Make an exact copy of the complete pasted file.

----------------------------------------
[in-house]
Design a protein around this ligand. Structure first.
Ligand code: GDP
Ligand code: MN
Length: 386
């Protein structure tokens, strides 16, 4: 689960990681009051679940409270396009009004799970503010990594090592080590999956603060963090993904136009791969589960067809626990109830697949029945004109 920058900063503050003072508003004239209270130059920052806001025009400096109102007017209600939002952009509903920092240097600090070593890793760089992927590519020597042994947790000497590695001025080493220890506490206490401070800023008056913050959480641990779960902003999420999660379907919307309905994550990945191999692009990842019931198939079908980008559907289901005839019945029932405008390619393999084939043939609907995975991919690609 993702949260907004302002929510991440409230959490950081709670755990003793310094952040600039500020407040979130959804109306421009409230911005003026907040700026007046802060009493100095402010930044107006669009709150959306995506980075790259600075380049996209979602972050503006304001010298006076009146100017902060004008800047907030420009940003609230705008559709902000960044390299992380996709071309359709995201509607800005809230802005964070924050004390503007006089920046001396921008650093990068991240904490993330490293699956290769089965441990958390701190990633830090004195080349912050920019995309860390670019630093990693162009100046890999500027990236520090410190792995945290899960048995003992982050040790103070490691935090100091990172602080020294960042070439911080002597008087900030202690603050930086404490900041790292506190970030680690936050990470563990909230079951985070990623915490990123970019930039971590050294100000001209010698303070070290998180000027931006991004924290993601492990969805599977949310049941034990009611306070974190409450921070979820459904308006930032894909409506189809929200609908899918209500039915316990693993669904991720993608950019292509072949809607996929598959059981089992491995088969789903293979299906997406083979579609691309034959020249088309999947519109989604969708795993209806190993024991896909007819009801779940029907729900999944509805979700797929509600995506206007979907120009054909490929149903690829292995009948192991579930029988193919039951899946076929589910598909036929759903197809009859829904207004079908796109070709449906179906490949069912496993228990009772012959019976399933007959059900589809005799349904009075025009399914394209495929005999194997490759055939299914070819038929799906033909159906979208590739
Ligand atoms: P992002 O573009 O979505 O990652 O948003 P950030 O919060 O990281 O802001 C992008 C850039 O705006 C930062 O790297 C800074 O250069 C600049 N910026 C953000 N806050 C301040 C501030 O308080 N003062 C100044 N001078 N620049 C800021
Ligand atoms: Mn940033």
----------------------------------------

[in-house]
Design a protein around this ligand. Structure first.
Ligand code: GDP
Ligand code: MN
Length: 386
């Protein structure tokens, strides 16, 4: 689960990681009051679940409270396009009004799970503010990594090592080590999956603060963090993904136009791969589960067809626990109830697949029945004109 920058900063503050003072508003004239209270130059920052806001025009400096109102007017209600939002952009509903920092240097600090070593890793760089992927590519020597042994947790000497590695001025080493220890506490206490401070800023008056913050959480641990779960902003999420999660379907919307309905994550990945191999692009990842019931198939079908980008559907289901005839019945029932405008390619393999084939043939609907995975991919690609 993702949260907004302002929510991440409230959490950081709670755990003793310094952040600039500020407040979130959804109306421009409230911005003026907040700026007046802060009493100095402010930044107006669009709150959306995506980075790259600075380049996209979602972050503006304001010298006076009146100017902060004008800047907030420009940003609230705008559709902000960044390299992380996709071309359709995201509607800005809230802005964070924050004390503007006089920046001396921008650093990068991240904490993330490293699956290769089965441990958390701190990633830090004195080349912050920019995309860390670019630093990693162009100046890999500027990236520090410190792995945290899960048995003992982050040790103070490691935090100091990172602080020294960042070439911080002597008087900030202690603050930086404490900041790292506190970030680690936050990470563990909230079951985070990623915490990123970019930039971590050294100000001209010698303070070290998180000027931006991004924290993601492990969805599977949310049941034990009611306070974190409450921070979820459904308006930032894909409506189809929200609908899918209500039915316990693993669904991720993608950019292509072949809607996929598959059981089992491995088969789903293979299906997406083979579609691309034959020249088309999947519109989604969708795993209806190993024991896909007819009801779940029907729900999944509805979700797929509600995506206007979907120009054909490929149903690829292995009948192991579930029988193919039951899946076929589910598909036929759903197809009859829904207004079908796109070709449906179906490949069912496993228990009772012959019976399933007959059900589809005799349904009075025009399914394209495929005999194997490759055939299914070819038929799906033909159906979208590739
Ligand atoms: P992002 O573009 O979505 O990652 O948003 P950030 O919060 O990281 O802001 C992008 C850039 O705006 C930062 O790297 C800074 O250069 C600049 N910026 C953000 N806050 C301040 C501030 O308080 N003062 C100044 N001078 N620049 C800021
Ligand atoms: Mn940033």